Over half the out-of-school children are girls, data shows
The number of school-aged children in crisis-impacted countries who require educational support has grown to 222 million at present from 75 million in 2016, according to a new report.
Of them, 78.2 million are out of school due to often protracted conflicts and emergencies, the report by the United Nations published June 21, 2022 added.
Around 54 per cent of the out-of-school children are girls, 17 per cent are children with functional difficulties and 16 per cent forcibly displaced, according to the analysis titled Global Estimates: Number of Crisis-affected Children and Adolescents in Need of Education Support.
The report by Education Cannot Wait (ECW), the UN global fund for education in emergencies and protracted crises, highlighted the number of girls and boys missing out on a quality education due to armed conflicts, forced displacement, climate-induced disasters and protracted crises is alarming.
Around 119.6 million children living in crisis-prone areas attended school but did not achieve minimum proficiency in mathematics or reading, the findings showed.
Another 24.2 million are in pre-primary, primary or secondary school achieving minimum proficiency in mathematics or reading but still affected by crises and need support, it flagged.
The report also noted that 84 per cent of the fully out-of-school children or 65.7 million were living in areas with protracted crises. Of these 65.7 million, about two-thirds live in Afghanistan, the Democratic Republic of Congo, Ethiopia, Mali, Nigeria, Somalia, South Sudan, Sudan, Pakistan and Yemen.
Children in sub-Saharan Africa were hardest-hit by the learning crisis, another report by non-profit Save the Children, observed.
The gross enrollment at secondary level education for refugees around the world in 2019-2020 was 34 per cent, according to a recent report by the UN High Commissioner for Refugees (UNHCR).
Before the pandemic, only 9 per cent of crisis-affected children achieved minimum proficiency in mathematics and only 15 per cent of crisis-affected children achieved minimum proficiency in reading in the early grades, the analysis showed.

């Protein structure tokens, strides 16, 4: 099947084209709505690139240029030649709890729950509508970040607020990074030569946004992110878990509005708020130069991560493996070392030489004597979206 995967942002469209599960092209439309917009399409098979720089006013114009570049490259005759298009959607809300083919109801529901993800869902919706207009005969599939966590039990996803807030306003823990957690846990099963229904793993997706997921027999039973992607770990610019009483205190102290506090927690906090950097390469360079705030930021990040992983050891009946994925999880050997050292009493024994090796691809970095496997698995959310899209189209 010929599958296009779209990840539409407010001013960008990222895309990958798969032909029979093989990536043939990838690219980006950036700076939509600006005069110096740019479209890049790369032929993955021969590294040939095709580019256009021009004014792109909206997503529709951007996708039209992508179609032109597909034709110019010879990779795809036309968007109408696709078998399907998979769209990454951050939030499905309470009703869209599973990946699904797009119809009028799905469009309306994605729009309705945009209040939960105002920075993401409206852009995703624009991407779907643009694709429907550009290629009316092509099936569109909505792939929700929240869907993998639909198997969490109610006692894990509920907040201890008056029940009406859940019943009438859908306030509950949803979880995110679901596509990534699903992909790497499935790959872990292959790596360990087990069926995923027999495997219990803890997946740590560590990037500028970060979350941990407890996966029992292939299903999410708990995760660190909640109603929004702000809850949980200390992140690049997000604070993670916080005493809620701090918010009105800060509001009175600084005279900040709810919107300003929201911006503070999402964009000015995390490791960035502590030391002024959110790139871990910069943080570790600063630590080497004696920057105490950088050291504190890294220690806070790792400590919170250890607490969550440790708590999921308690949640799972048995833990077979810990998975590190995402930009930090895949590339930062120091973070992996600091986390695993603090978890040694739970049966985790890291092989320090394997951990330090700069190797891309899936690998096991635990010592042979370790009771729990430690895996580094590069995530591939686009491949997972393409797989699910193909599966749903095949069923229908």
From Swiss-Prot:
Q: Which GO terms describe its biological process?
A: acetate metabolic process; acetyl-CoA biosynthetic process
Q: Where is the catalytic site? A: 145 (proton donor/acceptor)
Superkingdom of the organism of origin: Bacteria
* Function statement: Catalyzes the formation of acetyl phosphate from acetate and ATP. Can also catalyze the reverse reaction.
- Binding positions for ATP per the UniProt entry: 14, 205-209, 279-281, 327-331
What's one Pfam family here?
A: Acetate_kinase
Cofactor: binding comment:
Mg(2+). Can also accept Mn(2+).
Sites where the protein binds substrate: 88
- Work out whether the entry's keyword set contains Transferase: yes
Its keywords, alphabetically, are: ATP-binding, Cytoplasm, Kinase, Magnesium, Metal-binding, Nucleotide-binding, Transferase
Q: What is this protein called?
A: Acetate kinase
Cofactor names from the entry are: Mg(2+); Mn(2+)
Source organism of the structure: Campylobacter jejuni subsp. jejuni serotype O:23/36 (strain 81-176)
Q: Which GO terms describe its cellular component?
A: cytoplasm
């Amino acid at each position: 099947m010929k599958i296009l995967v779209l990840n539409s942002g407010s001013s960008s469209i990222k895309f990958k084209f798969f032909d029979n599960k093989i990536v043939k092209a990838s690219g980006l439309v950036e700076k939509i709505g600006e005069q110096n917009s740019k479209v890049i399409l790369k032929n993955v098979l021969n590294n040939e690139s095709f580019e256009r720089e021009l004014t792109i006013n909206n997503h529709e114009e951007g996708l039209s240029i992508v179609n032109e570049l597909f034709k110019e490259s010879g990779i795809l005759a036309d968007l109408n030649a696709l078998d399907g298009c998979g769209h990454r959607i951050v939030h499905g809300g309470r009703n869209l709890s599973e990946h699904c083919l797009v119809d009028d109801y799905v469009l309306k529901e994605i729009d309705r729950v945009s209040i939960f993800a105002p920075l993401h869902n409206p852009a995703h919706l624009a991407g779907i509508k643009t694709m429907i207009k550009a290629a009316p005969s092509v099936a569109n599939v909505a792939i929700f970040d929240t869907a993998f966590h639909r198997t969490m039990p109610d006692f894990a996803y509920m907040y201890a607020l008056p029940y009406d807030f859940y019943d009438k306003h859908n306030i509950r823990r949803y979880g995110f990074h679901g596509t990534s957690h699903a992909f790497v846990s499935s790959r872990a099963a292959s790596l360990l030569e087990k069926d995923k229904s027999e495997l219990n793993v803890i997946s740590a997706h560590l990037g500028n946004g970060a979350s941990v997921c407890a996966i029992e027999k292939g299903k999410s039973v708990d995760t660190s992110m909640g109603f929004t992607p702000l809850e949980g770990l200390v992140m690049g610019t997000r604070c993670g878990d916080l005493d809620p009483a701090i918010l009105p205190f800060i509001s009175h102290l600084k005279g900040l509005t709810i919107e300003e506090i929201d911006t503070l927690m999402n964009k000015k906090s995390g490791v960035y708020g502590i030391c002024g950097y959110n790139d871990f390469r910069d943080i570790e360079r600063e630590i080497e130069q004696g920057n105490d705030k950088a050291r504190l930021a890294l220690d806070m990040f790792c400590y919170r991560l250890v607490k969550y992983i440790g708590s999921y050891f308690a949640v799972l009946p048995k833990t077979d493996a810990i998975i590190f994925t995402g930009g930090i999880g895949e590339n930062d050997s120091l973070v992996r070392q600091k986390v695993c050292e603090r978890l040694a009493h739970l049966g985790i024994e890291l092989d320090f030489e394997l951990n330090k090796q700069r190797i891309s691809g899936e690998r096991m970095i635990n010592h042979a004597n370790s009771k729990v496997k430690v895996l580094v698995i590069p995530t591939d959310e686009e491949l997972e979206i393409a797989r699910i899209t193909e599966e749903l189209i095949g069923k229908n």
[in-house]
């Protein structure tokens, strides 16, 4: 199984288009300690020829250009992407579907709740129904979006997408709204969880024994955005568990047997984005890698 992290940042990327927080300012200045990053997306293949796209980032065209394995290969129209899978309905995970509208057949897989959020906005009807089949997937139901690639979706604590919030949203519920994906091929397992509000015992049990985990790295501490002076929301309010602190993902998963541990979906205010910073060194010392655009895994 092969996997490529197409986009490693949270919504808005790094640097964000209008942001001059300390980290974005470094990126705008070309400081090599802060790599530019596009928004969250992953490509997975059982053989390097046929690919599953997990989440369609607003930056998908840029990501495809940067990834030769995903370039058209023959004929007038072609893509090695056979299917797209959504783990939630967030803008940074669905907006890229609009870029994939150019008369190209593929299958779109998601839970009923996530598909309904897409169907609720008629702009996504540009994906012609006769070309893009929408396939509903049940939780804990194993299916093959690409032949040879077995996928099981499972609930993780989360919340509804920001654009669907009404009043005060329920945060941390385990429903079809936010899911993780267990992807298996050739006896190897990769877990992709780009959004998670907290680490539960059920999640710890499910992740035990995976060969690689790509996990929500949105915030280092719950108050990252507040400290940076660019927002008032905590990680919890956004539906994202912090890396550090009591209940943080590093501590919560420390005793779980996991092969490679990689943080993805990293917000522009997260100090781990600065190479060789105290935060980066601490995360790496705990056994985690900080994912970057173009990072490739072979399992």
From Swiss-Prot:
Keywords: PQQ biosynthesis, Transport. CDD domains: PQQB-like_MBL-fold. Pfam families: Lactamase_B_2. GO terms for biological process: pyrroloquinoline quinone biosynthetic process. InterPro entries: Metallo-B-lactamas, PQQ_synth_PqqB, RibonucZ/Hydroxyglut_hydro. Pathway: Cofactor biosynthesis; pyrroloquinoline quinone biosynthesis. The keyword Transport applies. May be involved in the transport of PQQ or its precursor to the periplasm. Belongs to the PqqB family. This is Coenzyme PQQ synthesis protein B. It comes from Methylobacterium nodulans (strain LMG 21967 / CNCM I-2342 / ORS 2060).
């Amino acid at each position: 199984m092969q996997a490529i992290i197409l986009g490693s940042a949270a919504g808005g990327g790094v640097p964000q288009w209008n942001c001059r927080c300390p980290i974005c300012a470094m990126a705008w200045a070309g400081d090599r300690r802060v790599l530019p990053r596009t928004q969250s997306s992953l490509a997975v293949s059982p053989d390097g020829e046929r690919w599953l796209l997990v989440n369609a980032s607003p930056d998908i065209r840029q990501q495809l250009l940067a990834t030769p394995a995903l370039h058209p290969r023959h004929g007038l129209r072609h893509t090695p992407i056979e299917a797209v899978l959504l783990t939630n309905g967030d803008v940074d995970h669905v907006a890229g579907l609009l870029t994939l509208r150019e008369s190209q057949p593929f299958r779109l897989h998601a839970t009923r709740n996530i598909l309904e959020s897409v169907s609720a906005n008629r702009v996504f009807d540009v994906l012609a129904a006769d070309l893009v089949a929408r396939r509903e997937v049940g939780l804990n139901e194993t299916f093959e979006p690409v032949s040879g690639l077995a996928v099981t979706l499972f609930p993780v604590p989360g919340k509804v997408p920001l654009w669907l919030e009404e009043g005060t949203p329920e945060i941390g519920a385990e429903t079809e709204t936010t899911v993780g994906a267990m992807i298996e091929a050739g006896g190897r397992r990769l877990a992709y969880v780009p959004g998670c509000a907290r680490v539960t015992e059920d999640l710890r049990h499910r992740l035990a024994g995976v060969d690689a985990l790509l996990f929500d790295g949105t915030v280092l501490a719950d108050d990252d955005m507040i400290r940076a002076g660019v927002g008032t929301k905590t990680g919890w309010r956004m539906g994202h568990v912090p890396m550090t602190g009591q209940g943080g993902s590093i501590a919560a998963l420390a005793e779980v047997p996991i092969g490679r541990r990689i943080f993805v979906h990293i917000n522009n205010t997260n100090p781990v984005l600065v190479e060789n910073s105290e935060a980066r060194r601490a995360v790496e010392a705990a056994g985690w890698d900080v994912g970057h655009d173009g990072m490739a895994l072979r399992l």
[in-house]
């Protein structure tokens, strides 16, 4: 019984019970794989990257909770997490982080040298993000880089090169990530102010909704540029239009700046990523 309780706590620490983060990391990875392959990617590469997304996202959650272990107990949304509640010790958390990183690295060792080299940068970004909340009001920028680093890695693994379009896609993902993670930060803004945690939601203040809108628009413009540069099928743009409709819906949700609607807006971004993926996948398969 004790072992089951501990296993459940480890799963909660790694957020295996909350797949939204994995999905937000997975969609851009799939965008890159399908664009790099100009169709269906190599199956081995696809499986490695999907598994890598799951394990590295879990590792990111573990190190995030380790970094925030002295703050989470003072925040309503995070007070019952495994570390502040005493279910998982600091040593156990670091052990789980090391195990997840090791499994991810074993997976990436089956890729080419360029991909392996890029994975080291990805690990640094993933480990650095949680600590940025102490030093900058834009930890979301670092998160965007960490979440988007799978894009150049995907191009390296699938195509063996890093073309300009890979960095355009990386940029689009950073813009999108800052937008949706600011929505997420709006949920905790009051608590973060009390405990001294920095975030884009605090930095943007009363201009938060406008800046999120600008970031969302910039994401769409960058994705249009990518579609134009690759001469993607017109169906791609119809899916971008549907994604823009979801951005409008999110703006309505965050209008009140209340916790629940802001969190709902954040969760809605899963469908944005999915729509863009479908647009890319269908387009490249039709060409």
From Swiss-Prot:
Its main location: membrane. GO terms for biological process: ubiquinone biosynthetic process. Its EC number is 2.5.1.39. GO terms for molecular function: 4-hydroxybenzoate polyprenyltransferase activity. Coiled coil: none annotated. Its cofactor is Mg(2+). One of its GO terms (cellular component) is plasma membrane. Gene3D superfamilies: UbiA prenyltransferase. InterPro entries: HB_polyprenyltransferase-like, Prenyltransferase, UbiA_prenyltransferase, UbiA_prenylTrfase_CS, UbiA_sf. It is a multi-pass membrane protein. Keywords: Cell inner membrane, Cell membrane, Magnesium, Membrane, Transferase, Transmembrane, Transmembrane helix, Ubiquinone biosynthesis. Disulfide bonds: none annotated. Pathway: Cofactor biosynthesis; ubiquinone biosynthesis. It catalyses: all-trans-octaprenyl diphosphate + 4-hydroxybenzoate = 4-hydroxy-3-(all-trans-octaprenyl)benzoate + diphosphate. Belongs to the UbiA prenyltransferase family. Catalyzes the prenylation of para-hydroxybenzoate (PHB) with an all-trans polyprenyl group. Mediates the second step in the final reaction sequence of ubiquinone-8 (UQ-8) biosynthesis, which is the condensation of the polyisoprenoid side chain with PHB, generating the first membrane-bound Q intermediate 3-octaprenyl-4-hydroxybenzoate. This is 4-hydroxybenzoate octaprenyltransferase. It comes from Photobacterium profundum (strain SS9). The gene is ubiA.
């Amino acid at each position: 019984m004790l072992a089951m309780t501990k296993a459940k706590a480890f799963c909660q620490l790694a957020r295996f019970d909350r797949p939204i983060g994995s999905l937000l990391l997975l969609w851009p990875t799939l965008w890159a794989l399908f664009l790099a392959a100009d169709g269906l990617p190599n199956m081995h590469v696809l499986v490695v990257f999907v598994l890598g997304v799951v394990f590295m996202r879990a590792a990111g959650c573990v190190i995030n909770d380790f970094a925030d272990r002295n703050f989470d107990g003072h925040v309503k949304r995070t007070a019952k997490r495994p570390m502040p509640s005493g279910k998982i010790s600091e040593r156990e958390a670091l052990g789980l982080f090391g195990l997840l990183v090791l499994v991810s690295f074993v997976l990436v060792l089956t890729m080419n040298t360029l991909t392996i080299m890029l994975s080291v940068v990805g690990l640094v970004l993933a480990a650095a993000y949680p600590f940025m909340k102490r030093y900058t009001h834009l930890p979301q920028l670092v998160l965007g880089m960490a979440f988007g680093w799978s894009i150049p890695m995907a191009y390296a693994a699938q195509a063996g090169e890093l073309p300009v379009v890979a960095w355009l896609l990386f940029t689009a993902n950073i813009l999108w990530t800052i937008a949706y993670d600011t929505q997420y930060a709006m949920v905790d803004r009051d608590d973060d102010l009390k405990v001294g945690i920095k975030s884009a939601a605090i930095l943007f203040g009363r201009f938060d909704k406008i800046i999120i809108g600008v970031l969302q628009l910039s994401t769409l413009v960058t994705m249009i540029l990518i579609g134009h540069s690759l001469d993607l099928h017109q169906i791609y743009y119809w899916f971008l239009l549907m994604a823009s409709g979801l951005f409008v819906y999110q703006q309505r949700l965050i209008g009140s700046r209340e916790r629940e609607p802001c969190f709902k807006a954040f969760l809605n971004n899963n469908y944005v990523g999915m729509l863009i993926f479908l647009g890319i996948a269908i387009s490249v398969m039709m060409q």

The global crisis has been exacerbated by prolonged school closures due to COVID-19 pandemic and the war in Ukraine, experts said.
The latest study proposed a new methodology that leverages the latest, most granular available data on crisis severity, children with functional difficulties, forcibly displaced children, out-of-school rates.
Data from UNICEF’s multiple indicator cluster surveys, International Student Assessment for Development and Trends in International Mathematics and Science Study databases should also be used to estimate the number of out-of-school children in emergencies as well as those who may not be learning, and hence need urgent educational support, the authors suggested.
A limitation of this methodology is that it mainly relies on correctly estimating the proportion of people who can be considered as crisis-affected. In several large crises-affected countries, data on out-of-school rates for children aged 3-4 years and for those in the year prior to primary school is not available, the report noted.
To respond to this pressing global education crisis, ECW and strategic partners launched the #222MillionDreams resource mobilisation campaign in Geneva June 21, 2022.
ECW called on donors, the private sector, philanthropic foundations and high-net-worth individuals to urgently mobiliwe more resources to scale up the organisation’s investments, which are already delivering quality education to over 5 million children across more than 40 crisis-affected countries.
We are a voice to you; you have been a support to us. Together we build journalism that is independent, credible and fearless. You can further help us by making a donation. This will mean a lot for our ability to bring you news, perspectives and analysis from the ground so that we can make change together.
Comments are moderated and will be published only after the site moderator’s approval. Please use a genuine email ID and provide your name. Selected comments may also be used in the ‘Letters’ section of the Down To Earth print edition.